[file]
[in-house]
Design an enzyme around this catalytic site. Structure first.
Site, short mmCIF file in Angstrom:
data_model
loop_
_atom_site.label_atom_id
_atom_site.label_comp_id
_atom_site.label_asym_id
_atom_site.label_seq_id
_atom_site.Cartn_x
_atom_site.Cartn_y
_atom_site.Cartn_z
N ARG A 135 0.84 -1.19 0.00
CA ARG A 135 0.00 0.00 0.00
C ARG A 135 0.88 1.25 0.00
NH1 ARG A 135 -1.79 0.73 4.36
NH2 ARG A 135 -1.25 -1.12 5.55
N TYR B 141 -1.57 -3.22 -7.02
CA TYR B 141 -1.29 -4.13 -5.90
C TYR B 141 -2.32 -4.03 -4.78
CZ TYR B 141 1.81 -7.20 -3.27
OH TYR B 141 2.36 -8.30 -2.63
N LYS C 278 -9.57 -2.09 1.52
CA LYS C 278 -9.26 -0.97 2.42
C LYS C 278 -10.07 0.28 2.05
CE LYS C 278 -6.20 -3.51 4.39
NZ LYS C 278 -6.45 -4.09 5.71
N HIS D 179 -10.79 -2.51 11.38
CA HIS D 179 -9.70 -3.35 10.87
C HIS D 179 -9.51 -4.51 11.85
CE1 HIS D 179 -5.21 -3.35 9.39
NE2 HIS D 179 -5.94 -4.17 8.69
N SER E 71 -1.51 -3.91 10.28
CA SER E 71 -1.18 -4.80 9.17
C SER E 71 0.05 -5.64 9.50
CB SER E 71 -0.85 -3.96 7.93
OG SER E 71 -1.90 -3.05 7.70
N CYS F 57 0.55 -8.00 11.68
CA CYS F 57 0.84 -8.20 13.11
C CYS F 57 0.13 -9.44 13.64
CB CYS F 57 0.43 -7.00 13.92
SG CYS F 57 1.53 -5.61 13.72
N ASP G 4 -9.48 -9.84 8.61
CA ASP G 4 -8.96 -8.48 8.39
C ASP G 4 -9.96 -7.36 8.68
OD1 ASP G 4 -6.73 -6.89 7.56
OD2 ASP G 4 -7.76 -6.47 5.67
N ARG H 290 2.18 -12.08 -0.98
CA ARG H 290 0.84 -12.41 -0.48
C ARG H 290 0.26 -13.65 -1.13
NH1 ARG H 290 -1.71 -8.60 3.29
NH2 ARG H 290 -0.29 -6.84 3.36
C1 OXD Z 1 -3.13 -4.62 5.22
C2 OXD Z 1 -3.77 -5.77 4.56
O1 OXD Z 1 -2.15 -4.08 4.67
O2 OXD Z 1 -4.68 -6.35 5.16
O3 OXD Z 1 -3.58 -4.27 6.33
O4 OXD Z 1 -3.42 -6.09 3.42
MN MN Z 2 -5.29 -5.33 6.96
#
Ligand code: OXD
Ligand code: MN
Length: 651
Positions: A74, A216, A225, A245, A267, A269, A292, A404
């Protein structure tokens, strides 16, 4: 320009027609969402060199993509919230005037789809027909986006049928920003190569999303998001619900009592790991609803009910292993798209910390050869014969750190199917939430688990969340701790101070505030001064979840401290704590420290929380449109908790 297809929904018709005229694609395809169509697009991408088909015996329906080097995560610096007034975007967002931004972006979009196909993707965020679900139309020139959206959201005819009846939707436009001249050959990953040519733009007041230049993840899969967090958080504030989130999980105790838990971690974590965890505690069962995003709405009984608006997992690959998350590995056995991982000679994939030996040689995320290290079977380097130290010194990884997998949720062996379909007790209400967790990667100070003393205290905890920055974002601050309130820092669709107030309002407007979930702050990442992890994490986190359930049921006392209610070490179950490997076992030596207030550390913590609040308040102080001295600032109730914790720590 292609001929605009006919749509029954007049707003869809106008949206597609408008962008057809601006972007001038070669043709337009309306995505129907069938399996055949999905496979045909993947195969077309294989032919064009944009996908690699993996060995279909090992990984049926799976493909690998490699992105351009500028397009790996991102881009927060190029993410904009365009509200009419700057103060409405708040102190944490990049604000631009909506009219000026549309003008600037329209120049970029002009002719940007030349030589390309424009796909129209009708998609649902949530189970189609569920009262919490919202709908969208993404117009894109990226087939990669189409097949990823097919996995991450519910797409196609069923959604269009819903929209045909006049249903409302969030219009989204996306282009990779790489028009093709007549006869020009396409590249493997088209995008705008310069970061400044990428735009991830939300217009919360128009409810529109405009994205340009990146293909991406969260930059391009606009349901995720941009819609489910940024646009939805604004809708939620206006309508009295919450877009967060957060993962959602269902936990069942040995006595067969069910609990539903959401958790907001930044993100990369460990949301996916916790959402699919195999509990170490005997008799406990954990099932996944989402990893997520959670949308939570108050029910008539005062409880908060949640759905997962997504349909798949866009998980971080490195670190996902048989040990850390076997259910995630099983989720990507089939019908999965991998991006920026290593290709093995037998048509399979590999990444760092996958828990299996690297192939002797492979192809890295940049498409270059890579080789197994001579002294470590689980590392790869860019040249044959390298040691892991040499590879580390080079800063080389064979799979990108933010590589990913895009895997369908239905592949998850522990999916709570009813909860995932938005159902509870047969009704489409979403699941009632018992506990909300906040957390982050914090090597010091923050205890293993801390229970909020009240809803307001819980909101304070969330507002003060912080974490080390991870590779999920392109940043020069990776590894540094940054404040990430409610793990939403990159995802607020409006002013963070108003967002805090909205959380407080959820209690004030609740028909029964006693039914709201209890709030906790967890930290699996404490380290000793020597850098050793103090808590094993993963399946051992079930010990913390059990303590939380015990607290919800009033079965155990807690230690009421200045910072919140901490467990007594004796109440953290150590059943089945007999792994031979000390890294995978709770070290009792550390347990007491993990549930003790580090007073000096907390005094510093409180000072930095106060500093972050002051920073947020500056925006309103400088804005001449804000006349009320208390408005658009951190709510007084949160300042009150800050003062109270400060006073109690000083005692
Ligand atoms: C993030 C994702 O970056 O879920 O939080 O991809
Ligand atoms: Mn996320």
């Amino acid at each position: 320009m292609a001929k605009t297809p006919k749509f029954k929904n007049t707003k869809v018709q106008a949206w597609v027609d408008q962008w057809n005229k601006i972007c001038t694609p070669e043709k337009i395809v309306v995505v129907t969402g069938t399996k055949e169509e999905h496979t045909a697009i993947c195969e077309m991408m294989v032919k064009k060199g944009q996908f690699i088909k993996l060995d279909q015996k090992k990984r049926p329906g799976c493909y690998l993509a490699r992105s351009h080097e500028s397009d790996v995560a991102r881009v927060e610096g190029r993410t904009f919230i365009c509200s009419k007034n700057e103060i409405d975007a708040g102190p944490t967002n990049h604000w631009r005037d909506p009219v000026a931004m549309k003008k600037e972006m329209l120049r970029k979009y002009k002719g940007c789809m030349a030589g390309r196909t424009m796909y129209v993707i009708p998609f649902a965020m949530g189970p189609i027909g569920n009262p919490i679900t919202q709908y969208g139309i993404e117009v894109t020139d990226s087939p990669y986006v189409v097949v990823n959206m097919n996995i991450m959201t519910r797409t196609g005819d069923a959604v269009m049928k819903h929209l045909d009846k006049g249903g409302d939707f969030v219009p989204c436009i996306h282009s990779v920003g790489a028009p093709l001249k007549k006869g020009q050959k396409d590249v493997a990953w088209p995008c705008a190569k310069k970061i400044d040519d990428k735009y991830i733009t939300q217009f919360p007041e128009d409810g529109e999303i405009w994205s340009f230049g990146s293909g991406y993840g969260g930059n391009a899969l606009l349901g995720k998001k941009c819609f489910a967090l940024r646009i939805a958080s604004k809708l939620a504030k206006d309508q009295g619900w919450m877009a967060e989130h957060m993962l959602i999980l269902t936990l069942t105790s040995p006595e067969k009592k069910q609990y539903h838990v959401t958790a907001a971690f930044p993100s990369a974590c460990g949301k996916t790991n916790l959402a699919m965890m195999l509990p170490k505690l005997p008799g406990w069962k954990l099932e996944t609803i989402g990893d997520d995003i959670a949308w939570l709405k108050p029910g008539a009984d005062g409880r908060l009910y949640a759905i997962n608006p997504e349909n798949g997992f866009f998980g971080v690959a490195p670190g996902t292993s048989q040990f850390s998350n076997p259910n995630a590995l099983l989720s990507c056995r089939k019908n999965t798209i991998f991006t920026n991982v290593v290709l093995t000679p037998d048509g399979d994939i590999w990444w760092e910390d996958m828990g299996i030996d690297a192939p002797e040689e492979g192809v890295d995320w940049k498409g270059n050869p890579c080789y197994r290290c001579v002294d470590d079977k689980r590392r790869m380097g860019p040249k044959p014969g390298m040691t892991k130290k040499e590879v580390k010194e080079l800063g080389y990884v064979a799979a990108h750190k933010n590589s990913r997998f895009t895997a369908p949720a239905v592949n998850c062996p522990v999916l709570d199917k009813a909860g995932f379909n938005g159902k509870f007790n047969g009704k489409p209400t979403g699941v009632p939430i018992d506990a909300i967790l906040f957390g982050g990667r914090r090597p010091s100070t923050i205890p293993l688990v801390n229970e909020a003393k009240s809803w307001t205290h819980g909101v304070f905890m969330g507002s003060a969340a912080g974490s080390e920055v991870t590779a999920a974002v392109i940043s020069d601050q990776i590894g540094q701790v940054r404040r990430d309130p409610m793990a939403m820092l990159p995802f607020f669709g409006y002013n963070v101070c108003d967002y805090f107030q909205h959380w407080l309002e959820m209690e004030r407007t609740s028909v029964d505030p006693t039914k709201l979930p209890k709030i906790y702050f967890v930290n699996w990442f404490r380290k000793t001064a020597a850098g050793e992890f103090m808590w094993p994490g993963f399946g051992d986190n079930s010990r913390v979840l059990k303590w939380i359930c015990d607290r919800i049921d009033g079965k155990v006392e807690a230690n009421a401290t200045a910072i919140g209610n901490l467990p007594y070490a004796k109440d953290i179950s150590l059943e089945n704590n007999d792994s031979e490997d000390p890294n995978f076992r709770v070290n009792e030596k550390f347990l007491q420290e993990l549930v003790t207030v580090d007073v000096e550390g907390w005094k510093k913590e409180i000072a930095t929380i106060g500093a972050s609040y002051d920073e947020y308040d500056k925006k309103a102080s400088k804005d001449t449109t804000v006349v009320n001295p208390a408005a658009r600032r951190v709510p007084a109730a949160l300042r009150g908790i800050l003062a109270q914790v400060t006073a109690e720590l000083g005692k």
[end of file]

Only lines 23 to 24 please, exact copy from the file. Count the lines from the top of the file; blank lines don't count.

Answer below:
N LYS C 278 -9.57 -2.09 1.52
CA LYS C 278 -9.26 -0.97 2.42